Finally, he'd asked me out when we'd bumped into each other at the petrol station where I'd worked.
Now we had the rest of our lives together... After three blissful days at home, it was back to reality with a routine hospital appointment.
My consultant pulled me into a private room. Odd.
‘I've looked at the scans,' she said. ‘It's not good news.'
‘What do you mean?' I frowned.
Her face fell. ‘I'm so sorry,' she croaked. ‘That wasn't bruising the other doctor saw on your lungs. It's a tumour. In fact... your condition is terminal.'
‘W-what?' I gulped, bursting into tears.
The room started to spin. I'd had three amazing, perfect days thinking I was fine, and now... ‘We made so many plans,' I whispered. ‘H-how long?'
‘Between six months and two years,' she admitted.
‘My wedding's nine months away,' I muttered, numb.
‘I'd move it to as soon as possible,' the consultant said.
Heart hammering, I ran outside and rang Steven at work. ‘Where are you?' I demanded.
‘Up on a roof,' he said. ‘Why?'
‘Get down,' I cried. There was some crackling on the line.
‘What?' he panted eventually. I bit my lip. How could I break his heart?
‘They got it wrong,' I whispered. ‘I'm dying, Steven.'
There was a short pause, then: ‘I'm coming home.'
As soon as I saw him, I buried my face in his chest. ‘I can't live without you,' he cried.
Poor bloke, he was the one who'd be left behind, with all the heartache. He was the one who'd have to be Mum and Dad to Abby.
I wiped the tears from his cheeks. ‘You can,' I whispered. ‘You'll have to... for Abby.'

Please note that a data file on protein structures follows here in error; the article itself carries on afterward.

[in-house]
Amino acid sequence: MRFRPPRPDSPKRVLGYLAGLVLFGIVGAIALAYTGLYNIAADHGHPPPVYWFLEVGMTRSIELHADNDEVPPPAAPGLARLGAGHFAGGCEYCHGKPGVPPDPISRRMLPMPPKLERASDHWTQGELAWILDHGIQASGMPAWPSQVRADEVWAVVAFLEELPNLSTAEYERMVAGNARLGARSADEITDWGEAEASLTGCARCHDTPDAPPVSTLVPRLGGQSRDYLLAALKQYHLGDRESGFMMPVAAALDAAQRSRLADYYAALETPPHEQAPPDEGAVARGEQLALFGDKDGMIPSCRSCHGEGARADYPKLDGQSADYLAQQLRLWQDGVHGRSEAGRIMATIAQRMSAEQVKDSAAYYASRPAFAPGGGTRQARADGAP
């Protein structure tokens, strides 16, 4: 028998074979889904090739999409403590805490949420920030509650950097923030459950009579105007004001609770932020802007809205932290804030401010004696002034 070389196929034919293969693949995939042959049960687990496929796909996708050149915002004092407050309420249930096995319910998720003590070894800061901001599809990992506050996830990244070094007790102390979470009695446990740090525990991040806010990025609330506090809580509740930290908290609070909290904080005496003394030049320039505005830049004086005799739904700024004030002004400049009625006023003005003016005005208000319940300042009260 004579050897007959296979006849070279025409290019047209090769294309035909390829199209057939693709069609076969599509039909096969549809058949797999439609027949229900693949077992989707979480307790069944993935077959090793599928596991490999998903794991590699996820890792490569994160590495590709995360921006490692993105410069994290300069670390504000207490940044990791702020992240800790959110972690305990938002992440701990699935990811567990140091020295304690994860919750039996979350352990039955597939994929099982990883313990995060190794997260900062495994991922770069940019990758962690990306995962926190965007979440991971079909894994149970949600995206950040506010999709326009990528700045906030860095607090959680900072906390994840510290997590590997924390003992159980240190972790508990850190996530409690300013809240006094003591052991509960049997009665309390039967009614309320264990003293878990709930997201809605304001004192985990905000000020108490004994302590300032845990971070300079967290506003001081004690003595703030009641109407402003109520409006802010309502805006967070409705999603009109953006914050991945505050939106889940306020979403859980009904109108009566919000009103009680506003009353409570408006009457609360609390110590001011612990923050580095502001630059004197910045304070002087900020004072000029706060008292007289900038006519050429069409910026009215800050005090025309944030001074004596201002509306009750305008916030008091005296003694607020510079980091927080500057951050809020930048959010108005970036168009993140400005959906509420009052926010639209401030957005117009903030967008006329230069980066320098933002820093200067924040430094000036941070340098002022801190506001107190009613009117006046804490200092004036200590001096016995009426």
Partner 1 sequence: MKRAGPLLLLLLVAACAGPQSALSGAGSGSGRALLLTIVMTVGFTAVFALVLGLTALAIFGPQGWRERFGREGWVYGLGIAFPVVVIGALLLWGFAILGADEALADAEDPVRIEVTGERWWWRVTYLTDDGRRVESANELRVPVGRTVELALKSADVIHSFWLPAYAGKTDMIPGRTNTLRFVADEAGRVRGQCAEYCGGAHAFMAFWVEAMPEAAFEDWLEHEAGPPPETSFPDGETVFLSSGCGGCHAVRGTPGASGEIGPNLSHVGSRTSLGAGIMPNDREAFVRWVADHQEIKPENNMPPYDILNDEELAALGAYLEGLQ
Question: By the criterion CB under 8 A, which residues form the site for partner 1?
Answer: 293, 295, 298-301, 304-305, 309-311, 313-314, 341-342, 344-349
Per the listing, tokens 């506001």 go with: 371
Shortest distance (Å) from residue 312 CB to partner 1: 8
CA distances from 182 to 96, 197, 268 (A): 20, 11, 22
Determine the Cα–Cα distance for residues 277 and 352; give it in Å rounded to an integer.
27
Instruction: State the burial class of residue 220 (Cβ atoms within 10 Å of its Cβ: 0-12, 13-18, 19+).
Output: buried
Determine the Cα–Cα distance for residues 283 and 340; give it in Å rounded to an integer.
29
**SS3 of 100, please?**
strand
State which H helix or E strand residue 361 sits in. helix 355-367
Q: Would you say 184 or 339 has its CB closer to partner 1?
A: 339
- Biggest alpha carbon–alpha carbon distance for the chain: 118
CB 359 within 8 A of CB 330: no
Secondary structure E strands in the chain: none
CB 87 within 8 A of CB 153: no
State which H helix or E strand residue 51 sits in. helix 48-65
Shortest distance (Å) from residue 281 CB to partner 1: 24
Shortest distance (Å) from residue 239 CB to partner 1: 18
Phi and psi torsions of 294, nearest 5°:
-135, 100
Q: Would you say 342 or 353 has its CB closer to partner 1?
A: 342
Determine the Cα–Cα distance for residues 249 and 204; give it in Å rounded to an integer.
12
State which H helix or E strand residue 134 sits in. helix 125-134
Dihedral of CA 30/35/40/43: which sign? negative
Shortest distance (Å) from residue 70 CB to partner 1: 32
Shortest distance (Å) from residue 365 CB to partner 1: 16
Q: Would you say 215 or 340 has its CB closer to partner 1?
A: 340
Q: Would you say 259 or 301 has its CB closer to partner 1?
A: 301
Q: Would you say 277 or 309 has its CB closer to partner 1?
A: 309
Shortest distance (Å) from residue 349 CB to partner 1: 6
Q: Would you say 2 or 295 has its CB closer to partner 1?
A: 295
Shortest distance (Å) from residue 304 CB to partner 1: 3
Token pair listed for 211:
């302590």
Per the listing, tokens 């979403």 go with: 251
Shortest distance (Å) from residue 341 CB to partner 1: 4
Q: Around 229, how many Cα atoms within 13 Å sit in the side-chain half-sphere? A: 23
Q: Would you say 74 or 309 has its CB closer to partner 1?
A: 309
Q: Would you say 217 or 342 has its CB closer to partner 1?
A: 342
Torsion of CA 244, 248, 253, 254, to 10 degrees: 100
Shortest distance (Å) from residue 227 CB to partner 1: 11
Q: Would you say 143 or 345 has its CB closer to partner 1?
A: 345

Together, we grieved for the lost future I'd only got back three days earlier. Family and friends couldn't understand when I told them. ‘How did this happen?' Mum wept.
‘I'm so sorry,' I sobbed, almost feeling guilty.
This news wouldn't spoil my wedding, though.
Somehow, we organised it all in two months. My big white dress, the cake, the hotel venue...
Before we knew it, the day had arrived. As I walked down the aisle, Songbird by Eva Cassidy played out. Lost in the moment, my fingers went to my throat, brushing the pearl necklace I was wearing. Seeing Steven's handsome, smiling face as I walked towards him was a memory I'd cherish forever.
Despite everything, I felt strong - I was marrying my man,
and walking behind me was my beautiful bridesmaid Abby.
But there wasn't a dry eye as we repeated our vows. ‘Till death do us part,' Steven croaked.
There was no honeymoon. Just three days later, I was back on the chemo - and still am to give me more time. Each hour is precious.
I've lost my hair now. ‘Can I borrow your wig?' Abby always asks. ‘I'll lend you my hair.'
‘Afraid not,' I giggle back, relieved she's still too young to understand about it all.
We recently managed to go back to Blackpool. ‘Mummy can't sit on the teacups,' I gently explained to Abby from my wheelchair. Luckily, she grinned, then hopped on with Daddy.
We still have things to look forward to. My workmates clubbed together and raised £5,000, so we're going to Disneyland Paris soon. And I'm making a memory box for Abby.
I've put in pictures of me growing up, as well as the necklace from my wedding day, and the bracelet she made me.
My life is still perfect, just changed - I have a husband and a daughter who love me. And it's because of them that, even though my future was cruelly snatched away, I won't waste a single minute of what time I do have left.
Kirsty Deakin, 25, Keighley, West Yorkshire